Post carb-loading, stick in the Mission area to take in the amazing (and politically powerful) street art of Clarion. Among the murals which included a homage to Prince, there were strong anti-establishment messages in support of minority groups communicated so visually through abstract design.
Next, head to Haight Street. It's a wonderfully hip part of town, think organic food, shakes and tie-dye t-shirts, and makes for interesting window shopping. Plus once you've walked the distance, you'll arrive at a Whole Foods to make the most of their hot and cold salad counters! Buy a little picnic and head into Golden Gate Park where there's the beautiful Botanical Gardens and Japanese Tea Garden (note: $8 entrance fee for each). So now our eat > explore > eat > explore routine is pretty clearly established, we headed over to the east shoreline for the AT&T Park and home to the San Francisco Giants. Bring on the branded merchandise and foam finger - not to mention, hot dogs, popcorn and beer - and lap up the fun atmosphere as the SF Giants took on New York Mets. Baseball, for those of you that aren't that familiar, is a glorified version of rounders, with the pace of a cricket game and the fans of a rugby game. My conclusion? I'm a fan!
Other places I visited that I would recommend:
The Crazy Fox for craft beer…
Danny O’Coyles for hours of sports watching (even at 7am!), good wifi and making friends…

All in all my first experience of San Francisco was nothing like I expected it to be but I'm so glad I've seen both sides of life there; a tourist and a local.

How to drive (and survive) Death Valley

So you've looked up the route, you've rented a hire car with a big enough engine to sustain the heat, hills and hand luggage (you hope) and you're heading out on the road. For us, A to B was Las Vegas to Lee Vining; a small village on the outskirts of Yosemite National Park with a total of 3 shops, 1 gas stations and 1 motel. After the 10 hour car journey in 40 degree heat, it felt like we'd arrived at the Four Seasons. 

Having driven the 343 mile journey, here are some DO and DON'Ts of driving through Death Valley: 

DO consider the practicality of the vehicle you're driving or hiring. Make sure you know how many miles to the gallon your vehicles does and research fuel stops so you are never caught short. We were paranoid about this and even did an $8 fill up to ensure we had a full tank. There is a long period of no gas stations and the winding roads of DVNP will guzzle it up. 

DO cruise control. It's unnatural to have your foot at a right angle for at least 9 hours and it will get uncomfortable. Even for the passenger. 

DON'T fork out for sat-nav if your hire company offers it. There's one route through so its not easy to get lost - but always do your research first the old fashioned way...that'd be with a map guys.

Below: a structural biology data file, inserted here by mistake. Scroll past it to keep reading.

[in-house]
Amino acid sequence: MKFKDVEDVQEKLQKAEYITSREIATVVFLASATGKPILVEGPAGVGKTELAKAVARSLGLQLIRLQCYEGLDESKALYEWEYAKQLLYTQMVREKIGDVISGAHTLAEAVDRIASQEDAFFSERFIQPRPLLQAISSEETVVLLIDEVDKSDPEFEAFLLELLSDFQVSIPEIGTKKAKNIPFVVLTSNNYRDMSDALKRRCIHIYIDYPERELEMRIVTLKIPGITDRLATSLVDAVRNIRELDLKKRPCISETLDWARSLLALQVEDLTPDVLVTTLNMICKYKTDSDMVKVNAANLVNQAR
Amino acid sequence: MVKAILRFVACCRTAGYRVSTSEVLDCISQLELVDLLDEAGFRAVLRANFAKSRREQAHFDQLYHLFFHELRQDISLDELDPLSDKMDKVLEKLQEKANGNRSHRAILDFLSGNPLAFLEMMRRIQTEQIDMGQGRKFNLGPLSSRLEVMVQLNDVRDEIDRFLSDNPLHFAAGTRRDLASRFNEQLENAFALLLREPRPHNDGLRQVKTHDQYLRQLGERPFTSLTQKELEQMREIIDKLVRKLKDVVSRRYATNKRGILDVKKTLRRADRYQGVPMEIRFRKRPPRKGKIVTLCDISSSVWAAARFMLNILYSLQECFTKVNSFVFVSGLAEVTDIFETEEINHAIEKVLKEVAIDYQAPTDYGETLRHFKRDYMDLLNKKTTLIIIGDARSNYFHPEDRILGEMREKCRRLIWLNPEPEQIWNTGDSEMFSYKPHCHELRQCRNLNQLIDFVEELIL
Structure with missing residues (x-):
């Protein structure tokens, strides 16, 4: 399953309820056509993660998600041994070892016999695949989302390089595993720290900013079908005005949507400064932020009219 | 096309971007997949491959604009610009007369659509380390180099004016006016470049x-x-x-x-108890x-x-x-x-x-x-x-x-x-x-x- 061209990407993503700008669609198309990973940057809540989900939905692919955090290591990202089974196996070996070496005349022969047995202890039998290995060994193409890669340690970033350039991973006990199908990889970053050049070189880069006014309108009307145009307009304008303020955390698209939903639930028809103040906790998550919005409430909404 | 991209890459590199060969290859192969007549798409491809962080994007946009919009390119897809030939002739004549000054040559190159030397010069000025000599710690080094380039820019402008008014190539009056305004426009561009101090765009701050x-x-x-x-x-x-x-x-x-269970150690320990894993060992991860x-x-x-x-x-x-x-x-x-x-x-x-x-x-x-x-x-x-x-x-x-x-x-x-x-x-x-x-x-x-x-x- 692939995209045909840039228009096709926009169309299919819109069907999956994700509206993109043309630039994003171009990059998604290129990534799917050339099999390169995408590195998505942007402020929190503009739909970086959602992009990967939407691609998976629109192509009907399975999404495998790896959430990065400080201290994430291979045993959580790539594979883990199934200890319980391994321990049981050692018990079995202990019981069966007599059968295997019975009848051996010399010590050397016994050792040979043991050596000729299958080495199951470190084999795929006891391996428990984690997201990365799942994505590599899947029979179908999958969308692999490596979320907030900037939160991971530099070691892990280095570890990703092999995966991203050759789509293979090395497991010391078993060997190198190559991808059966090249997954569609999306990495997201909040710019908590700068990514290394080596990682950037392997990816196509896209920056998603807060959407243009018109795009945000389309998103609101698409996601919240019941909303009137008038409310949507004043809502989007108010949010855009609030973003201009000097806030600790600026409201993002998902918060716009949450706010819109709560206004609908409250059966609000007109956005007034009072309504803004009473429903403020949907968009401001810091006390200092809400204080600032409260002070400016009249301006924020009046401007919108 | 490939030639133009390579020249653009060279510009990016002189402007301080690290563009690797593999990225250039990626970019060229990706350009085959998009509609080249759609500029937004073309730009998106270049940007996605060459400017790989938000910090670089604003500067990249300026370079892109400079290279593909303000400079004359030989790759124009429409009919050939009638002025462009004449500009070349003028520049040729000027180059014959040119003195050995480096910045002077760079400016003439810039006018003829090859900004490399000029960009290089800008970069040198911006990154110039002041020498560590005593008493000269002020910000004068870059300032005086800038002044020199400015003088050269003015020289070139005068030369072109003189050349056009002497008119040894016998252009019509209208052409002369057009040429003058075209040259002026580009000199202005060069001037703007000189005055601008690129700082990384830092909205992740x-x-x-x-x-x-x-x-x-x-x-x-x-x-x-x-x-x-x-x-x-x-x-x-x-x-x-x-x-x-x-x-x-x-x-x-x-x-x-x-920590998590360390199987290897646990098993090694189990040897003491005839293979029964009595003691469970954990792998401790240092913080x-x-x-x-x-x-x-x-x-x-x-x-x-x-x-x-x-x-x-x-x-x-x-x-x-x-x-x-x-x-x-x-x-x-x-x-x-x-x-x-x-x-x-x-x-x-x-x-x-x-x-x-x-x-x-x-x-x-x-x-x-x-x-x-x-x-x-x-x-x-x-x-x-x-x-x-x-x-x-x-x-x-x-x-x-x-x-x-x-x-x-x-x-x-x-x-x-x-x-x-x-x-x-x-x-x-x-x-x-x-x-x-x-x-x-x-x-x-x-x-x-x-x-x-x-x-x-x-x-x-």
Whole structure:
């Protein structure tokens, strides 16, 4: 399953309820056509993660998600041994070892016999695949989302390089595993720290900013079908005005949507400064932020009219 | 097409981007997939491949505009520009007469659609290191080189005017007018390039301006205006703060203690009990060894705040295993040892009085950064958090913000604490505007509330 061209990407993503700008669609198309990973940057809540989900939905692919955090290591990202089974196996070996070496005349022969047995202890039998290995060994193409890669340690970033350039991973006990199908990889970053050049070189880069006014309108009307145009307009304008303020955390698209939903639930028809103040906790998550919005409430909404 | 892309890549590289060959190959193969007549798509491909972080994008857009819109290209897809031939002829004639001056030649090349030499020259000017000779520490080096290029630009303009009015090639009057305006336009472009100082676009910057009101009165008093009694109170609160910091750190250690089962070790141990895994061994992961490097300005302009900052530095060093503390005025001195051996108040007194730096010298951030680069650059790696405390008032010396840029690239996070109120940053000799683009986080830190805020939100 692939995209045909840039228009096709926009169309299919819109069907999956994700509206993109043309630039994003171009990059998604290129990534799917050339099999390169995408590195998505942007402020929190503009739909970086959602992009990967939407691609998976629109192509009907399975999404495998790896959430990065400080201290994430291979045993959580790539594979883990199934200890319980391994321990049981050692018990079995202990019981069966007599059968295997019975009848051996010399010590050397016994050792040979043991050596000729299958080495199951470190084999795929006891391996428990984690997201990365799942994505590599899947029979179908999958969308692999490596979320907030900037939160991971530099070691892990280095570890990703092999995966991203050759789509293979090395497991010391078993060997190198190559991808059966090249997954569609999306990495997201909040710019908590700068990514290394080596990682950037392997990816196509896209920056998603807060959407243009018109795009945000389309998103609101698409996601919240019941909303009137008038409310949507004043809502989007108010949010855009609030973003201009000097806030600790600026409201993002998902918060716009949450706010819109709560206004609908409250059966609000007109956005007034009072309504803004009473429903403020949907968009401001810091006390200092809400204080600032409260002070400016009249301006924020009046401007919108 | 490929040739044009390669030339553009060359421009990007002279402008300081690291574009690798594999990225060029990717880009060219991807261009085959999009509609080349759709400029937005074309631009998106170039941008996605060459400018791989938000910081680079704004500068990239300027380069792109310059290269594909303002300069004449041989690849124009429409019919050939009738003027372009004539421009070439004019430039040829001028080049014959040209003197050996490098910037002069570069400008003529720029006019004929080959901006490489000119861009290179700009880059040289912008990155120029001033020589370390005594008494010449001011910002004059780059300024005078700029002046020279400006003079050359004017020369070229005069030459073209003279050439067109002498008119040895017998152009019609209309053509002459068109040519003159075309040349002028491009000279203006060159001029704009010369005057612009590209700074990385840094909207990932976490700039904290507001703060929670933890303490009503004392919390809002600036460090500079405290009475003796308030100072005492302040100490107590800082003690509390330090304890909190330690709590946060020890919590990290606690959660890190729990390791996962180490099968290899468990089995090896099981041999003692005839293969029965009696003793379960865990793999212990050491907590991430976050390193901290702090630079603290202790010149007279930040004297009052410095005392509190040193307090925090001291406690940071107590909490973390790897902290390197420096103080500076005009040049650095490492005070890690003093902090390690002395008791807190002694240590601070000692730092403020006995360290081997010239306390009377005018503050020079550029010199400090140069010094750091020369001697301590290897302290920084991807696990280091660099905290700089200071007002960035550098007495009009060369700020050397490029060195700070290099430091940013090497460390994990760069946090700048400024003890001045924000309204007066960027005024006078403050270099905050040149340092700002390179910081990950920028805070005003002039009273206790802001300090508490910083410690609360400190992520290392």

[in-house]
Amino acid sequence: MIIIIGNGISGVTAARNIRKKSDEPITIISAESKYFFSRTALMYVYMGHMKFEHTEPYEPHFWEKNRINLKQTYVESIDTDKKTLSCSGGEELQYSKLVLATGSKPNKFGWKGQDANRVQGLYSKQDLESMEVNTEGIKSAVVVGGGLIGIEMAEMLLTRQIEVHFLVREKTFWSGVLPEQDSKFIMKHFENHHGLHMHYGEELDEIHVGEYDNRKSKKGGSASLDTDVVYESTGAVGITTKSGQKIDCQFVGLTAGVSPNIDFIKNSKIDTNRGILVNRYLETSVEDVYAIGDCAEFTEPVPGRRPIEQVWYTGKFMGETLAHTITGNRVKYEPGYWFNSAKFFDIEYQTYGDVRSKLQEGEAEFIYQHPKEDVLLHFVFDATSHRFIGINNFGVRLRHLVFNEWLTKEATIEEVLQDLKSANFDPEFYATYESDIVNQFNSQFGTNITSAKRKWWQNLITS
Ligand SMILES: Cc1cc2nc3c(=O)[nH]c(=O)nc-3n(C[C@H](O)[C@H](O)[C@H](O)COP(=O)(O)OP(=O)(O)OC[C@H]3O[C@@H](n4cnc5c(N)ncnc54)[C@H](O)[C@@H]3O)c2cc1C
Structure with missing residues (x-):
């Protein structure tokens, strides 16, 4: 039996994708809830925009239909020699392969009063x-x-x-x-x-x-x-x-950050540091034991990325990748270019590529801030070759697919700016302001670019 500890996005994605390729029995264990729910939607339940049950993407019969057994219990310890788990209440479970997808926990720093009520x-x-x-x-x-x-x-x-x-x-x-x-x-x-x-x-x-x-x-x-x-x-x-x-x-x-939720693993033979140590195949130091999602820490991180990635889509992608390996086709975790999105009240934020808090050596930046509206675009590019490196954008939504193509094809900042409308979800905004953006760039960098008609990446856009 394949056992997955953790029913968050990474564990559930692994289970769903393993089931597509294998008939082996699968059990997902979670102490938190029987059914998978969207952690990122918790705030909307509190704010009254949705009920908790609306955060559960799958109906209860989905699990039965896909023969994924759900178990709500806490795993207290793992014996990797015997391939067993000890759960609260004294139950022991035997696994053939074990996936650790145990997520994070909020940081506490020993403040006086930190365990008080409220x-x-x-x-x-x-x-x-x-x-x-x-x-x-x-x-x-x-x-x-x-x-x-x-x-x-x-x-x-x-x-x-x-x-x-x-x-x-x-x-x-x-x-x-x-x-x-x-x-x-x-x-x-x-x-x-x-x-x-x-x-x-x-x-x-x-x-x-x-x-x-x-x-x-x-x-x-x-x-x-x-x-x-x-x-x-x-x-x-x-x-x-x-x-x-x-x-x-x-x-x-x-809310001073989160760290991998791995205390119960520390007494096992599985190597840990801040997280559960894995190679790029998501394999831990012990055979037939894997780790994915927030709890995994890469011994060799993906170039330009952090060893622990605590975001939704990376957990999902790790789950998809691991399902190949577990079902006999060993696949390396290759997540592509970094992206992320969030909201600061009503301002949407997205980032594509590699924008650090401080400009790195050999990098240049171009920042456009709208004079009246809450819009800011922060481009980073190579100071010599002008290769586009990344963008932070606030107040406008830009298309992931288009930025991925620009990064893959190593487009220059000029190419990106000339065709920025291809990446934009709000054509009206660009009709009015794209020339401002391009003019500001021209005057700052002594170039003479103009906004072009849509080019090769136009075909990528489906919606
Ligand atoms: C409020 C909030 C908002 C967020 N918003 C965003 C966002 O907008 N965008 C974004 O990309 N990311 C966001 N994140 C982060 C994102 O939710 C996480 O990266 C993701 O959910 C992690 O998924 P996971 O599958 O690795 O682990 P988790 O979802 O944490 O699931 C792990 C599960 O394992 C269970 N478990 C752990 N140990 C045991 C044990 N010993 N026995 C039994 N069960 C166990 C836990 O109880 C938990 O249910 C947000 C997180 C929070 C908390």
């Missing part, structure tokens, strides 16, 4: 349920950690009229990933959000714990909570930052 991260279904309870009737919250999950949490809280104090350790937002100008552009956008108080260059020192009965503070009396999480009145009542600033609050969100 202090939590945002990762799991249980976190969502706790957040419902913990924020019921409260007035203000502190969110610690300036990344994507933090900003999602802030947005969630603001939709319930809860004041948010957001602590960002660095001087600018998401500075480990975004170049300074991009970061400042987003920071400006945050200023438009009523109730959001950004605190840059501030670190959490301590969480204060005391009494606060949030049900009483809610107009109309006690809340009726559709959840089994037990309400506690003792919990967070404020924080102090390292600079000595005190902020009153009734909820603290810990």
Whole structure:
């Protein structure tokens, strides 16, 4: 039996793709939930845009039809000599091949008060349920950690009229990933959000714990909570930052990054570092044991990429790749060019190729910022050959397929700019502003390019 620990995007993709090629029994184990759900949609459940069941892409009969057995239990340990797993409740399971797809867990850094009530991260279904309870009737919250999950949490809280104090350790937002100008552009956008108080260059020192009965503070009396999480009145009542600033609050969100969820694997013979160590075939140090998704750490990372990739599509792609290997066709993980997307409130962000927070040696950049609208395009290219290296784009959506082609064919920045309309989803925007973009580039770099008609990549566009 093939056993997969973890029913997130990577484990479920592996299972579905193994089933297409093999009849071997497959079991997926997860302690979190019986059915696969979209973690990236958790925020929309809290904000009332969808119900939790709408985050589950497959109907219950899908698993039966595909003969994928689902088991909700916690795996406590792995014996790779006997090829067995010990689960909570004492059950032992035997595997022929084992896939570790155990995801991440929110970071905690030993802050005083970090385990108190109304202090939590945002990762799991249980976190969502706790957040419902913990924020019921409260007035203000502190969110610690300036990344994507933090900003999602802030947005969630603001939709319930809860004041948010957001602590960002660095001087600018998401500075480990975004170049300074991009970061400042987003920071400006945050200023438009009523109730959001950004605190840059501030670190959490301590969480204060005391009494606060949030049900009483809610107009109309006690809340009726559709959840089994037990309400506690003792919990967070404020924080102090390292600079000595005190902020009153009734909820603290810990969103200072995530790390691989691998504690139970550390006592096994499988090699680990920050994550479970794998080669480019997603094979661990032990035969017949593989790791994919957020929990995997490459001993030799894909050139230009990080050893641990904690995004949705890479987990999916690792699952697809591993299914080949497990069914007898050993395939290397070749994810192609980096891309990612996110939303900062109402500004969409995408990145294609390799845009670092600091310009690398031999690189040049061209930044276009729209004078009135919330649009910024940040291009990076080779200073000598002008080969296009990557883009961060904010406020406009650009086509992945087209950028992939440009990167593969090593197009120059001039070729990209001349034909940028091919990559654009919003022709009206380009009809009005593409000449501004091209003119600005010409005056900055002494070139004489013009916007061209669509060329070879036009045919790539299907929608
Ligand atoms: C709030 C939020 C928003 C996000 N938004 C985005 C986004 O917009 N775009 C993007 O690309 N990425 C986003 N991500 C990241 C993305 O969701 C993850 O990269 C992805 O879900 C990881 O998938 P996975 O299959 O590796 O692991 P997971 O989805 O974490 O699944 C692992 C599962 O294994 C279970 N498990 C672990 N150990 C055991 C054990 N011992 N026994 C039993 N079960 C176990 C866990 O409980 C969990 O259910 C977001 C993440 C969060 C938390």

DO carry some cash on you for the rest stops. There really aren't many but stepping into Stovepipe Wells (air conditioned) General Store will make you want to buy up the entire refrigerated beverage section. In our experience, card machines along the way were a little temperamental (if there at all). 

DO take your bank card though for the Death Valley National Park entrance fee of $20 payable only via card at Ryan Junction. 

DO stock up on water and energy drinks (it is an endurance test after all) but DON'T have all your drinks loose in the car - they will heat up to undrinkable temperates. Warm Coke really is like drinking syrup and not at all pleasant! You could be economic here and take some teabags to drop into your water bottles halfway through the journey. Certainly the August temperatures we endured would have meant we could have enjoyed a cup of tea by then (a theory my parents swear by though I've never quite understood drinking hot drinks when you're hot. I'm an ice and a slice kinda girl!)

DO buy a iPhone plug-in fan. Saw these retrospectively and wished I'd had this with me at the time. Especially when you see the sign saying "Turn off AC for next 20 miles to save engine from over-heating". I had a pink paper fan left over from our wedding which I'm super glad I had tucked into my hand luggage. 

DON'T miss the little detour via Dante's View. Take the first left at Ryan's Junction where you pay your entrance fee and it's about 20 minutes up the (winding) road. The view at the top is breath-taking. 

DO get your Spotify playlist loaded up with absolute belters and ensure you have it downloaded onto your iPhone or iPad so you can access it without wifi (otherwise that would be a rooky!). We had a 'Classics' playlist with the likes of Oasis and Bon Jovi and a 'Chillout' playlist with Plan B and Rudimental.

DON'T leave your hat in the restroom like a certain person I know did. As I was saying there's only one road in and outta that place so I'm just thankful he realised only 10 minutes down the road (and he was driving) otherwise it'd have been 'so long Hat!'